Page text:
What differs them from the rest of the venture firms?

There are two things Marc believes were crucial to his firm’s success. Both of them provide a different perspective on what a venture capital firm should do to make an unknown startup into a world famous company.

First, Marc aimed at teaching founders how to be CEOs rather than replace them with a professional CEO. Both he and Ben genuinely believed that the founders have that deeply ingrained passion for caring about their ideas, the vision of what the product should be like and commitment to reach the end goal. But to achieve it they need some guidance and expertise. So here’s where Marc and Ben step in. In other words, they help founders to shape their firms right from the start.

Who are the best people to teach someone being a CEO? Apparently, the ones who’ve already been CEOs themselves. So this is the second critical issue Marc was looking for: the investing partners just had to have CEO’s experience. First, it means knowledge. Second, it means a powerful network of useful acquaintances in industry, media and customer base. For this reason Marc decided to build up an extensive network of invaluable connections directly in Silicon Valley. This way he could give founders something bigger than just money but access to a community of highly skilled professionals that could serve them better than any CEO.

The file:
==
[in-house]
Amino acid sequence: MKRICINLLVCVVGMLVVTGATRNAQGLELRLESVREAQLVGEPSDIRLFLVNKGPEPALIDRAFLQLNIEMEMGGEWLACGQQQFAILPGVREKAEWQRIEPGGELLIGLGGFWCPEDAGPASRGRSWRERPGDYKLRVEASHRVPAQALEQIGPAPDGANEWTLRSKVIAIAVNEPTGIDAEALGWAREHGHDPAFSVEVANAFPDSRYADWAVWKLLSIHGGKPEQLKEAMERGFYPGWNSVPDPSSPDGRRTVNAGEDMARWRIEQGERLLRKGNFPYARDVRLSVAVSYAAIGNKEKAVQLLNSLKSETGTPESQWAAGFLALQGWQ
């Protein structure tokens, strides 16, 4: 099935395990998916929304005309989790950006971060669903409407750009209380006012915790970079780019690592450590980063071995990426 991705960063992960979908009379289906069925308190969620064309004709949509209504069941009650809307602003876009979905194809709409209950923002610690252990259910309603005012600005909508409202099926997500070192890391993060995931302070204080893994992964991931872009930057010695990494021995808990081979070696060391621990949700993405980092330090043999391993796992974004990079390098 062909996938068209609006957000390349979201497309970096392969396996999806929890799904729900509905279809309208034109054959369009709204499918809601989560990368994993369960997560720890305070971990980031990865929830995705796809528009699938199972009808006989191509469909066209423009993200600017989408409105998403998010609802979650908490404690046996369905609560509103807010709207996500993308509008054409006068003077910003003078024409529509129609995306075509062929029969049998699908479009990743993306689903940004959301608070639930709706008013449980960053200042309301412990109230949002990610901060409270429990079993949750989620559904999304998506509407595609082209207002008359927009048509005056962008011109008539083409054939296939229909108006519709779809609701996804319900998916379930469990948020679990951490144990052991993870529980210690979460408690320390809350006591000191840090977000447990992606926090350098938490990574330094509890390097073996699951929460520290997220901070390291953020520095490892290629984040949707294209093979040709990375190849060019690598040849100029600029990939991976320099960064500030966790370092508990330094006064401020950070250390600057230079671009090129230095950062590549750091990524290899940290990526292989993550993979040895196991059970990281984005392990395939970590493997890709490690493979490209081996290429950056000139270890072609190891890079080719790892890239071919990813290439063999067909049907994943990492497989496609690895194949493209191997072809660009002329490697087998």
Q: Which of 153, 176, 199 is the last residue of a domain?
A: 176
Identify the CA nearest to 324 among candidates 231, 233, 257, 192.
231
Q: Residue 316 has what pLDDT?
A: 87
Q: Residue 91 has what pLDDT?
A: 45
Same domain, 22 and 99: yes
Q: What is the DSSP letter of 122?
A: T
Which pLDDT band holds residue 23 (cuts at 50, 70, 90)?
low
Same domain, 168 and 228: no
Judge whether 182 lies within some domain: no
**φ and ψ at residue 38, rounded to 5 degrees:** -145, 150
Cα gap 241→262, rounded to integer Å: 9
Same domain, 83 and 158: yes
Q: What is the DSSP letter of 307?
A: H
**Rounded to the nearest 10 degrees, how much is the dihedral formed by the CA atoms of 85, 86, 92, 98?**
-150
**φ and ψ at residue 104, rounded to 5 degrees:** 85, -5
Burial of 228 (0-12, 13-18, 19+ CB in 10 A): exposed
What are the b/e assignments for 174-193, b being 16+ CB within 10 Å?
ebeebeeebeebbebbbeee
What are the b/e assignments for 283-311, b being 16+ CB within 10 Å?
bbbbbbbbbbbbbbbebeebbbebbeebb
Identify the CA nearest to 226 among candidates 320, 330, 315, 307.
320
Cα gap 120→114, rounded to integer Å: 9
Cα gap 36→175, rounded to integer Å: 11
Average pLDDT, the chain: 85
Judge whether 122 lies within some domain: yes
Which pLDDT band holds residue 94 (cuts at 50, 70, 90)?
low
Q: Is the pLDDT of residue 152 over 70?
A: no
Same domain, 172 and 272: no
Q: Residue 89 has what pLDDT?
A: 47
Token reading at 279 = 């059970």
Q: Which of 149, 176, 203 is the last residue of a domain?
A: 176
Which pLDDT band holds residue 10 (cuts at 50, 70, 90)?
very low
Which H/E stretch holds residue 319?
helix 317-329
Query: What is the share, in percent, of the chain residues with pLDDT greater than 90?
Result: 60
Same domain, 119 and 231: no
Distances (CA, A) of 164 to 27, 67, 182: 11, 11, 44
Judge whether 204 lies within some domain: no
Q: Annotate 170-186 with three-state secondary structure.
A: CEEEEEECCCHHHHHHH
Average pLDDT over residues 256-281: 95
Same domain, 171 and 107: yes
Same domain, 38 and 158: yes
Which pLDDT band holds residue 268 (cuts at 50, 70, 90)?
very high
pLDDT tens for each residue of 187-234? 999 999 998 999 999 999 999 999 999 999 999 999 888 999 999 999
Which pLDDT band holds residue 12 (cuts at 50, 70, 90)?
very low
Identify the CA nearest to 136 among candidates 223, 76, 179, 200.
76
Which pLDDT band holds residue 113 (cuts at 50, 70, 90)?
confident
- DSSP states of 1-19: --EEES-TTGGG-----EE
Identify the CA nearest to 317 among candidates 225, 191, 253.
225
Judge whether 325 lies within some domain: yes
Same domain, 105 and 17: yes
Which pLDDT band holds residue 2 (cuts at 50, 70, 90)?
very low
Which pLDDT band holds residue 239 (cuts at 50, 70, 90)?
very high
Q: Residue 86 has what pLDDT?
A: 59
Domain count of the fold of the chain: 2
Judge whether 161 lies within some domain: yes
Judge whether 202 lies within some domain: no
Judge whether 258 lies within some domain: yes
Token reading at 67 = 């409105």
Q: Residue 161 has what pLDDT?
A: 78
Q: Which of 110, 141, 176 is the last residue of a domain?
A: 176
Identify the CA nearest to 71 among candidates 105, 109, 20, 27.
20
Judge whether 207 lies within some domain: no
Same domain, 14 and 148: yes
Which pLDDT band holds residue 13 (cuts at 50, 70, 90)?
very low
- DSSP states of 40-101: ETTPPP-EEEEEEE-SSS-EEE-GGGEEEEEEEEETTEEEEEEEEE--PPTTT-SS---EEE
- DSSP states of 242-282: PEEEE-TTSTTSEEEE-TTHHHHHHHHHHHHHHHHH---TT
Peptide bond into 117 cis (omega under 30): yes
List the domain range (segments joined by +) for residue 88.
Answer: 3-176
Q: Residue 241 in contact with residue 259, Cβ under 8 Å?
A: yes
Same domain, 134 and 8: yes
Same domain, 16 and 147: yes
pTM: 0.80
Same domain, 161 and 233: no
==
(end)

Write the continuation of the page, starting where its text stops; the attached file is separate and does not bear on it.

Three businesses Marc Andreessen finds most inspiring

The first one might seem to have little in common with venture capitalism – it’s Creative Artists Agency, a talent firm extremely successful in Hollywood in 1980s and 1990s, and particularly Michael Ovitz, its talent agent (who is now one of investing partners at Andreessen Horowitz). As Marc and Ben often emphasize, CAA is the most important role model for their own business.

The next one is Allen&Company, the boutique investment bank operating since around 1920s. Marc and Ben often stress they learned a lot from them and admired their unique culture and value system which the executives always stuck to, although operating strategies were changing so as to respond to the market.

The third business Marc draws inspiration from is JP Morgan. The principle of “the first-class business done in a first-class way” is appealing to him as it embraces the idea of working together with skilled and ethical people to deliver the highest value.

The fact these three businesses operate in various industries only confirms how valuable other people’s experience is, even if it seems to be totally different. It’s an incredible source of fresh ideas and new perspectives which, in fact, any business can benefit from.

What does it take a business to be spotted by Andreessen Horowitz?